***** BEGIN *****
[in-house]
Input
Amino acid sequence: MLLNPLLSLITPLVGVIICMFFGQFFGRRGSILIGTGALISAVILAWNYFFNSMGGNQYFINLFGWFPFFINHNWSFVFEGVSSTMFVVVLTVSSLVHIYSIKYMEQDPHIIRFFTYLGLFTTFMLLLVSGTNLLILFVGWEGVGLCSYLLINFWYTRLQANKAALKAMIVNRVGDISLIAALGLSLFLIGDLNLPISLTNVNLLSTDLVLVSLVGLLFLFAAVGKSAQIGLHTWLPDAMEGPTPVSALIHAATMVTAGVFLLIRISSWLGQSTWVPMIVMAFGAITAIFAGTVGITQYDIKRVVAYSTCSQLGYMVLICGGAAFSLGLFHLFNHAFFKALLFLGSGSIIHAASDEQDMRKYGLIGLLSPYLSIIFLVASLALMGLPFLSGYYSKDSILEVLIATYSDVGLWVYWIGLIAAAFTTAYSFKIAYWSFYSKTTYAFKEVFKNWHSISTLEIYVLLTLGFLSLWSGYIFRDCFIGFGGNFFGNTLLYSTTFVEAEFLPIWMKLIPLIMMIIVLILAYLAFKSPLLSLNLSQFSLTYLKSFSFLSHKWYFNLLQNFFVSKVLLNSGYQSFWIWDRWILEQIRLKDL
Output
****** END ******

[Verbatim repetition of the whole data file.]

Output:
[in-house]
Input
Amino acid sequence: MLLNPLLSLITPLVGVIICMFFGQFFGRRGSILIGTGALISAVILAWNYFFNSMGGNQYFINLFGWFPFFINHNWSFVFEGVSSTMFVVVLTVSSLVHIYSIKYMEQDPHIIRFFTYLGLFTTFMLLLVSGTNLLILFVGWEGVGLCSYLLINFWYTRLQANKAALKAMIVNRVGDISLIAALGLSLFLIGDLNLPISLTNVNLLSTDLVLVSLVGLLFLFAAVGKSAQIGLHTWLPDAMEGPTPVSALIHAATMVTAGVFLLIRISSWLGQSTWVPMIVMAFGAITAIFAGTVGITQYDIKRVVAYSTCSQLGYMVLICGGAAFSLGLFHLFNHAFFKALLFLGSGSIIHAASDEQDMRKYGLIGLLSPYLSIIFLVASLALMGLPFLSGYYSKDSILEVLIATYSDVGLWVYWIGLIAAAFTTAYSFKIAYWSFYSKTTYAFKEVFKNWHSISTLEIYVLLTLGFLSLWSGYIFRDCFIGFGGNFFGNTLLYSTTFVEAEFLPIWMKLIPLIMMIIVLILAYLAFKSPLLSLNLSQFSLTYLKSFSFLSHKWYFNLLQNFFVSKVLLNSGYQSFWIWDRWILEQIRLKDL
Output